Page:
VHDL coding tips and tricks: GENERIC's in VHDL - Construction of parametrized components

Wednesday, March 10, 2010

GENERIC's in VHDL - Construction of parametrized components

     Generics allow a design entity to be described so that,for each use of that component,its structure and behavior can be changed by generic values.In general they are used to construct parameterized hardware components.Generics can be of any type.
Let us understand the use of "generic" with an example.

--The top module has two instantiations- a 8 bit PISO(parallel in serial out) register and a 4 bit PISO.
--Without the use of generics these two components need a seperate .vhd  file.
--But I have used "generic" keyword to solve this problem.
entity piso is
    generic ( width : integer := 7 );             --default value is 7
port  (  clk : in std_logic;
            load : in std_logic;
            in1 : in std_logic_vector(width downto 0);
            out1 : out std_logic
end piso;
architecture Behavioral of piso is
signal temp: std_logic_vector (width downto 0) := (others => '0');  --initialize to zero
if (load = '0') then  -- load the register
temp <= in1;
elsif (clk'event and clk = '1') then
--shift the register elements and output a single bit.
out1 <= temp(width);
temp(width downto 1) <= temp(width-1 downto 0);
end if;
end process;
end Behavioral;

--Now the instantiation of this component in top module is shown below:
entity test is
end test;
architecture behavior of test is
component piso
     generic ( width : integer := 7 );
port  (  clk : in std_logic;
            load : in std_logic;
            in1 : in std_logic_vector(width downto 0);
            out1 : out std_logic
end component;
--signal declarations
signal in1 : std_logic_vector(7 downto 0):="10000110";
signal in2 : std_logic_vector(3 downto 0):="1001";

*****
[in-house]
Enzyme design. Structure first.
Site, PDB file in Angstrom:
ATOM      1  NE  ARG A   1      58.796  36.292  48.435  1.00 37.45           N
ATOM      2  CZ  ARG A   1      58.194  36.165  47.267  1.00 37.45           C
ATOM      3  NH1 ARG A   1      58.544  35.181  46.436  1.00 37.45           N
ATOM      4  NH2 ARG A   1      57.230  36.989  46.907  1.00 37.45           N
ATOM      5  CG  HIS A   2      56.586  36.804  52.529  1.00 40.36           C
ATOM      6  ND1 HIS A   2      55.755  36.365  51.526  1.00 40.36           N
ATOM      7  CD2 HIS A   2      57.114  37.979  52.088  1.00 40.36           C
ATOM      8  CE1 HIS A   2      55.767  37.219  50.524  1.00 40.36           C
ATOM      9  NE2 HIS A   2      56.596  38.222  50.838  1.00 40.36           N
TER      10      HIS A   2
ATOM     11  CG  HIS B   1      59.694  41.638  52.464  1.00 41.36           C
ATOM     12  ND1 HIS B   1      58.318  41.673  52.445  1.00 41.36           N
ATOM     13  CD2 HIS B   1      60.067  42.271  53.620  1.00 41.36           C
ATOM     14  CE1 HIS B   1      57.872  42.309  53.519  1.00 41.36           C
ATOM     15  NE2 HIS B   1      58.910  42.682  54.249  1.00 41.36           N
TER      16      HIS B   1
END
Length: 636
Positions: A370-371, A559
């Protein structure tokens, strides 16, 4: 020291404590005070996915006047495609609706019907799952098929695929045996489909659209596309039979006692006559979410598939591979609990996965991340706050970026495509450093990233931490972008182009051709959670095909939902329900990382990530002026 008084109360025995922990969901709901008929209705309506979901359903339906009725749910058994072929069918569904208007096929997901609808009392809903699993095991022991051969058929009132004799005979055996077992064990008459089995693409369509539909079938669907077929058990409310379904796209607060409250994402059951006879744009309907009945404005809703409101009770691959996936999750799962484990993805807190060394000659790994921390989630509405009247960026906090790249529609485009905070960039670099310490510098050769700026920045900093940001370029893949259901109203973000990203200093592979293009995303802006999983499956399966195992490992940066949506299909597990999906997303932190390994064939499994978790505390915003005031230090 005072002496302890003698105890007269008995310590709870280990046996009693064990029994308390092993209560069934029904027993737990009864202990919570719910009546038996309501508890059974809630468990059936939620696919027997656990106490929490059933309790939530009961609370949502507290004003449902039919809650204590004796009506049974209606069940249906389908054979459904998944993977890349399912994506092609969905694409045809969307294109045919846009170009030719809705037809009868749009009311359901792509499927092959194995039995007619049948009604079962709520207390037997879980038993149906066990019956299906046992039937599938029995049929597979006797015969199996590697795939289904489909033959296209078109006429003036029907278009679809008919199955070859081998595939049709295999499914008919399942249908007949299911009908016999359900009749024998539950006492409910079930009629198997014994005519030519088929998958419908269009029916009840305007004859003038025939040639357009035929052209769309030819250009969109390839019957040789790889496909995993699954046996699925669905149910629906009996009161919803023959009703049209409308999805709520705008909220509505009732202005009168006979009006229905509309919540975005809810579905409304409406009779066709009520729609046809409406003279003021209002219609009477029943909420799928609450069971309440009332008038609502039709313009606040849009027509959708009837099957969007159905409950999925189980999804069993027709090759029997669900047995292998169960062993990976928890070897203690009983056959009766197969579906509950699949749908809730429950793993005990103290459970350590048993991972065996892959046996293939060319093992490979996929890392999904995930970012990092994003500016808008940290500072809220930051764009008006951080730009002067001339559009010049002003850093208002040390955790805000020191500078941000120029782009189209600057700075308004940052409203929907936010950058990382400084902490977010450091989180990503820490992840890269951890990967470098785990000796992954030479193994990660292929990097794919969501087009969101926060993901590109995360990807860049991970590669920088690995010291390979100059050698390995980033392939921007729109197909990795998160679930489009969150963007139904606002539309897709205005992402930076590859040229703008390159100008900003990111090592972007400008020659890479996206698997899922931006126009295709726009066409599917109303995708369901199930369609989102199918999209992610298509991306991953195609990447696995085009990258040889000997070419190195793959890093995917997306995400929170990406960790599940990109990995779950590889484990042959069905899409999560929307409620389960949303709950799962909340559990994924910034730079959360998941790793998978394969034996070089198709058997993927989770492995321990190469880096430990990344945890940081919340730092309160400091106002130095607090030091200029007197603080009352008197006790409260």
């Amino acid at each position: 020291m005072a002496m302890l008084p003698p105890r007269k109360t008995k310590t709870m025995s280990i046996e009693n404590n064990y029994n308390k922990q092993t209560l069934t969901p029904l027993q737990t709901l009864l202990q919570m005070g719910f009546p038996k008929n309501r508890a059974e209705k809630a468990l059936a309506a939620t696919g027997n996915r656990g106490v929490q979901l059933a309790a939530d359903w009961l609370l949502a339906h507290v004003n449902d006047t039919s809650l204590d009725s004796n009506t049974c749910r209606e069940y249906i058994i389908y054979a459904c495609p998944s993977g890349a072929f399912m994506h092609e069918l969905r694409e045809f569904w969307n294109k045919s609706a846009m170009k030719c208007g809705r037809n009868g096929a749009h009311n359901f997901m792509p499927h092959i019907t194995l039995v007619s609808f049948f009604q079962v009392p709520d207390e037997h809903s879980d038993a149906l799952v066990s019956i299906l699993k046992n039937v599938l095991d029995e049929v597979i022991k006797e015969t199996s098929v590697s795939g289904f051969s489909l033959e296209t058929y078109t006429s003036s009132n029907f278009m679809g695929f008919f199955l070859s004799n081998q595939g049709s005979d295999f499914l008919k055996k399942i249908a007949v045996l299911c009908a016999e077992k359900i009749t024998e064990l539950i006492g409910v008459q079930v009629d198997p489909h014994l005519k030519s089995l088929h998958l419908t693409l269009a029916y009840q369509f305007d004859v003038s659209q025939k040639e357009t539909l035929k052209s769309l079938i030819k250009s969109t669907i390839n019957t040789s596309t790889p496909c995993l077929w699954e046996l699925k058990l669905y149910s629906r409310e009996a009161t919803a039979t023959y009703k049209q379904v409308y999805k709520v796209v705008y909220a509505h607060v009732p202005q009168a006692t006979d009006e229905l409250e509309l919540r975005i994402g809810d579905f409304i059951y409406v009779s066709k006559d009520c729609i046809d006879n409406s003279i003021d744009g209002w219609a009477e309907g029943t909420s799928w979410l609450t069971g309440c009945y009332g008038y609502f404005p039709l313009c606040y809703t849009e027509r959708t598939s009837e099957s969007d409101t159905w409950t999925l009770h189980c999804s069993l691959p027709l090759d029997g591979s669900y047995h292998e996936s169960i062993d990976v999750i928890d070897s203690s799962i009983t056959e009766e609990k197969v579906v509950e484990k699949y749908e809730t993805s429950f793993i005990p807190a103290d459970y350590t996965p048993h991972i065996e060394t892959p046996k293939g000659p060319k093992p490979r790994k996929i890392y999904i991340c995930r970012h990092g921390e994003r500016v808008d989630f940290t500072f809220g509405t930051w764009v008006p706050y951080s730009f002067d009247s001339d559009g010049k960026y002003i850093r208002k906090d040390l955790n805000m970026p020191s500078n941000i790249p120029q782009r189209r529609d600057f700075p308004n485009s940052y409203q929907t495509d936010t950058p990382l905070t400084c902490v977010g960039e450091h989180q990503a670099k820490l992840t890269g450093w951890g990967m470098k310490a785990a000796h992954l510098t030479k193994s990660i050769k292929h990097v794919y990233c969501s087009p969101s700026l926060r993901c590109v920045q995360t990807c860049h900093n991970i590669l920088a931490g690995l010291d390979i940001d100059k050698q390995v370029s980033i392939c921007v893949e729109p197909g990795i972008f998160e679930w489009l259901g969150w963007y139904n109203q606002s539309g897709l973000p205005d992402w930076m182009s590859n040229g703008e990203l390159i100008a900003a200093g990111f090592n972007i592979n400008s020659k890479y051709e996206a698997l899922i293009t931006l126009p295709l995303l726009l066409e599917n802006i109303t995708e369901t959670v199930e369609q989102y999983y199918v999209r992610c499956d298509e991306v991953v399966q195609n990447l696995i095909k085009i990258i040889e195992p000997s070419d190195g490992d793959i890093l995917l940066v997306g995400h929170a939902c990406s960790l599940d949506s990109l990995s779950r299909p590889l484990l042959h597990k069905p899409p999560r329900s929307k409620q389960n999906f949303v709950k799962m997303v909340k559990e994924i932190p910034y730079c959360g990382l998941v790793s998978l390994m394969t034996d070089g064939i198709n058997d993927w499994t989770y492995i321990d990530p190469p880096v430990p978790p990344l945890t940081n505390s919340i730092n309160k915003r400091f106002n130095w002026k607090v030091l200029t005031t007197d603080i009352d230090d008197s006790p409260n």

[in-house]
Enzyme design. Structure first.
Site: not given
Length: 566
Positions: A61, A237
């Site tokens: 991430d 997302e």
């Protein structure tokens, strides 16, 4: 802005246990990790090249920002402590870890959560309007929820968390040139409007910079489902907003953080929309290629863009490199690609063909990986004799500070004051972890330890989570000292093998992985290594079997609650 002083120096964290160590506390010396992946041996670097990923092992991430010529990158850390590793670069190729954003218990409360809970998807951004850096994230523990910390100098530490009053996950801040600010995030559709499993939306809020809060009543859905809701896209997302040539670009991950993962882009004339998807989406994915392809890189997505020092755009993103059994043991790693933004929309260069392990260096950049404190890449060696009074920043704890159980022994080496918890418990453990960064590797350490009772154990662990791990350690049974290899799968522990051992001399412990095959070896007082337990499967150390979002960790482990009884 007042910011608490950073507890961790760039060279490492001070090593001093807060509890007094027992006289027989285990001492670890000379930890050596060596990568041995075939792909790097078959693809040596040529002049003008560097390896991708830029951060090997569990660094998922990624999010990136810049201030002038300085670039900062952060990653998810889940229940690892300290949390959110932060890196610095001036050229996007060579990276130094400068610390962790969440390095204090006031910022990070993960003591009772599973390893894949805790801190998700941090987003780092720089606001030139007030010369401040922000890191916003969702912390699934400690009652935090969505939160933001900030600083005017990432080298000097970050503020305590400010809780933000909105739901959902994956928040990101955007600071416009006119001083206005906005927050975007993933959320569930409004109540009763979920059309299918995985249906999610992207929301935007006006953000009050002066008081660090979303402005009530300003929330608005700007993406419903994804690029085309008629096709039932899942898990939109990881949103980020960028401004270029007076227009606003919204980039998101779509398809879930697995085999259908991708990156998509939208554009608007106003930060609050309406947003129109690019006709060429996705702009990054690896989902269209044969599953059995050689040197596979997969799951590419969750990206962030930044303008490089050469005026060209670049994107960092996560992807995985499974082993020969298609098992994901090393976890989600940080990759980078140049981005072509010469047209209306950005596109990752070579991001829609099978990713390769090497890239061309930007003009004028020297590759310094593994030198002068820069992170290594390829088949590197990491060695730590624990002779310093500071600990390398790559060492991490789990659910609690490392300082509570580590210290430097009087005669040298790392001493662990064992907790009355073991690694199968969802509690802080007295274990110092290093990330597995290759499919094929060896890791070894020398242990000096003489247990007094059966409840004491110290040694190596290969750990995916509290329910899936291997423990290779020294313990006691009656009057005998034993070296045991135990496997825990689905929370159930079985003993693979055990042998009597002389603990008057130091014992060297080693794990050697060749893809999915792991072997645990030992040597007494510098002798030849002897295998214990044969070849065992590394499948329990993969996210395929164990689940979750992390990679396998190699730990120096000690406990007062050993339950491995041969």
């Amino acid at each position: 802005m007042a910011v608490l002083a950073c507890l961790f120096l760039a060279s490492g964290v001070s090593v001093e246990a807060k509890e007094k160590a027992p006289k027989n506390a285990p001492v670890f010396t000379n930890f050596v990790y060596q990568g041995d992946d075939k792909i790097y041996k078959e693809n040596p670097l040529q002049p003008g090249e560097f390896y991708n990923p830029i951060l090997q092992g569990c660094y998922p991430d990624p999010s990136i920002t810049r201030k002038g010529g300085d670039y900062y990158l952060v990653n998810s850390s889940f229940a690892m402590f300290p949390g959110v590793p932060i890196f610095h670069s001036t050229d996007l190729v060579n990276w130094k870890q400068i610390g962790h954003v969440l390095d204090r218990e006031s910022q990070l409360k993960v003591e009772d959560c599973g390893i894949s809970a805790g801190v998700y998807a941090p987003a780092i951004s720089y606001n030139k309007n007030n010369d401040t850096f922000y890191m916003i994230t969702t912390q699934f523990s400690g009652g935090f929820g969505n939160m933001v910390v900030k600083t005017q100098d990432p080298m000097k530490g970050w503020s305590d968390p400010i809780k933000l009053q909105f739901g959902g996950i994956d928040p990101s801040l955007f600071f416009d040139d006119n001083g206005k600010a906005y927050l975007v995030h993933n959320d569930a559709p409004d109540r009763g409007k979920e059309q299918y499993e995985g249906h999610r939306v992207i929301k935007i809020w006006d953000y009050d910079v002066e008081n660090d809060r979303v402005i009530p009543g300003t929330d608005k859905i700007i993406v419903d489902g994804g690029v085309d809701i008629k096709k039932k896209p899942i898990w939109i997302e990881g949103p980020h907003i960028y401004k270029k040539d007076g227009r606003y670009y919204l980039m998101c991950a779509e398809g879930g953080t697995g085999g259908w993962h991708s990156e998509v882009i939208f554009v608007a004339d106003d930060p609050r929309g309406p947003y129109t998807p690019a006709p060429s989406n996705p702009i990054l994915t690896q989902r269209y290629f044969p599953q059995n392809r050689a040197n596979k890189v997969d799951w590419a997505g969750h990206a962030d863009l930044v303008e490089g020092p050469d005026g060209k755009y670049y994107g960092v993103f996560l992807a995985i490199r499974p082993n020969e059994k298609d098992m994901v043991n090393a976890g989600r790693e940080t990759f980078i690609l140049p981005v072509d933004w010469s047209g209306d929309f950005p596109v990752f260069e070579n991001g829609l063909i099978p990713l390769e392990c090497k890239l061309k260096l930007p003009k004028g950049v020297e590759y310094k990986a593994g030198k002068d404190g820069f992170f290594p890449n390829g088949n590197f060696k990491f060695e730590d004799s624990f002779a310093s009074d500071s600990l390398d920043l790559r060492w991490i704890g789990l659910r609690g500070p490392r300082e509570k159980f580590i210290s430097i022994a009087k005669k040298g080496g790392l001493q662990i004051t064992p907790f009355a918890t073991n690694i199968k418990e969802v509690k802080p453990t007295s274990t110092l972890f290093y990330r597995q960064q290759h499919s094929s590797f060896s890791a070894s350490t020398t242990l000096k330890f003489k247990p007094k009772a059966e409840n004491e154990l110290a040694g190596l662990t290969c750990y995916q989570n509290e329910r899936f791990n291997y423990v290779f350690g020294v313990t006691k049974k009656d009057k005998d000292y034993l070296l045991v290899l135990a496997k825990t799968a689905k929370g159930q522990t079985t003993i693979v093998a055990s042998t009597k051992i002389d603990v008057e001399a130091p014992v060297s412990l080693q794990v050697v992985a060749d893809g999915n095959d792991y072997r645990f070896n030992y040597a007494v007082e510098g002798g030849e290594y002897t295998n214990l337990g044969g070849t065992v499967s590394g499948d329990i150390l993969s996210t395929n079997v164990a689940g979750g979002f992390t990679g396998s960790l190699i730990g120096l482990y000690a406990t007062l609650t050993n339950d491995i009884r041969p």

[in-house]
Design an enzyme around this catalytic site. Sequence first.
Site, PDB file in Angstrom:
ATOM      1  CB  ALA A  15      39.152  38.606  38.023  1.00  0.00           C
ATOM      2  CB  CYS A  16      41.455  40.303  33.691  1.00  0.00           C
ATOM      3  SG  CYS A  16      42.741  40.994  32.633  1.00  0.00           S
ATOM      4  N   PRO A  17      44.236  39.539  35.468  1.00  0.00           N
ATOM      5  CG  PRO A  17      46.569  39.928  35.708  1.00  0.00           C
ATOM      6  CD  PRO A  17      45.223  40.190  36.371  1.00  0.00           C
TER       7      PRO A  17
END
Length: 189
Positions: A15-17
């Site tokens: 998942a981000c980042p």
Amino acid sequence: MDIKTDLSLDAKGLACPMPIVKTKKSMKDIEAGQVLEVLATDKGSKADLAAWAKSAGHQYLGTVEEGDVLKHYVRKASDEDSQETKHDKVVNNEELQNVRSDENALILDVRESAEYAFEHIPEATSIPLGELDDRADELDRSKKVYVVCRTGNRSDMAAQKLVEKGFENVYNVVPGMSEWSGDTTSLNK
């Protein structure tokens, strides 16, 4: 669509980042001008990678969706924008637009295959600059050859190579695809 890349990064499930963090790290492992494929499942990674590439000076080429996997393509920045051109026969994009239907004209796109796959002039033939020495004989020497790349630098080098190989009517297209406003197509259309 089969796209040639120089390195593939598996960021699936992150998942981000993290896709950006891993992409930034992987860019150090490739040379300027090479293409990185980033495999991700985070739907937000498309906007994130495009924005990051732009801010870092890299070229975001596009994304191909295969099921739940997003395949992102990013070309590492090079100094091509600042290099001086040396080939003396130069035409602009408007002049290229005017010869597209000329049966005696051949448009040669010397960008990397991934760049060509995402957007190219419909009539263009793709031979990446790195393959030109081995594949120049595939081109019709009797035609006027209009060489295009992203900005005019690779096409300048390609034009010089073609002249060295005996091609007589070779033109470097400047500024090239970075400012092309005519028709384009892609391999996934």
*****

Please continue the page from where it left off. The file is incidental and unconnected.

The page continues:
signal load1,load2 : std_logic :='0';
--Note down the next two lines.
--This is how you pass generic parameters to the instantiated components.
piso1 : piso generic map (width => 7) port map(clk,load1,in1,o1);
piso2 : piso generic map (width => 3) port map(clk,load2,in2,o2);
--change the input signals as you want.
end behavior;
      "generic map (width => 7)" is used to pass the generic parameter to the component.Thus,without writing any extra code you were able to complete your design.

Note1 :- "GENERIC" is a great asset when you use your design at many places with slight change in the register sizes,input sizes etc.But if the design is very unique then,you need not have generic parameters.
Note2 :- Generic's are synthesizable.


  1. This is an example of poor coding style. This would actually make a good interview question. in fact, it generally is.

    There are three things wrong with the code. Remember that synthesizable doesn't mean "working" or "good".

    The first mistake is that you don't define "out1" for the async "load" case. This infers extra logic, as now there is a priority logic with load and clk.

    The second mistake is that your async load sets "temp" to a non-constant value. why is this bad? well, now the logic needs to set the value on the output, independent of the clock. FURTHER, if load is deasserted before the next clock edge, this value must be latched.

    lastly, the sim won't match the code. in fact, the .syr report will give this as a warning. notice that if load is asserted, it should be async. but load isn't in the sensitivity list, so it will only get counted if there is a clk'event. XST will ignore this, but simulators generally won't.

    other, less important notes -- in almost all languages constants are ALL_CAPS. generics usually follow this standard by most coders.

    its advisable to never instantiate components by port-order. doing such should cause you physical pain. not only does it make the code unreadable, it leads to all types of errors.

    1. its not an async load, since load does not appear in the sensitivity list of the process. This means the process only executes on clk changes. In fact, it kind of is implying that load happens on both rising and falling edge of clk.

  2. @Chris : Thanks for making a through analysis of most of my posts.It helped me learning a lot.
    Anyway I agree my bad coding style, but this post was mainly for learning the usage of "generics".I think I have succeeded in that.

  3. Definately, though one large advantage to VHDL over Verilog2001 is with the richness of generics. for example, you can pass an array of integers, or an array of arrays of vectors, or records, or strings as a generic. While not commonly used, this flexibility can be helpful.

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  5. Hello,
    nice example,
    Just a remark about your parameter width, it must be 8 (or 4), as it is the number of bits that you have and not 7 (or 3). And when you use them as width-1 for the upper boundary.

    Best regards.


  6. i tried a generic MUX........but when i give the width 7....it shows me

    Fatal: (vsim-3738) (vopt-1152) Index value 7 is out of index range 6 downto 0 of ieee.std_logic_1164.std_logic_vector

    i cant fix it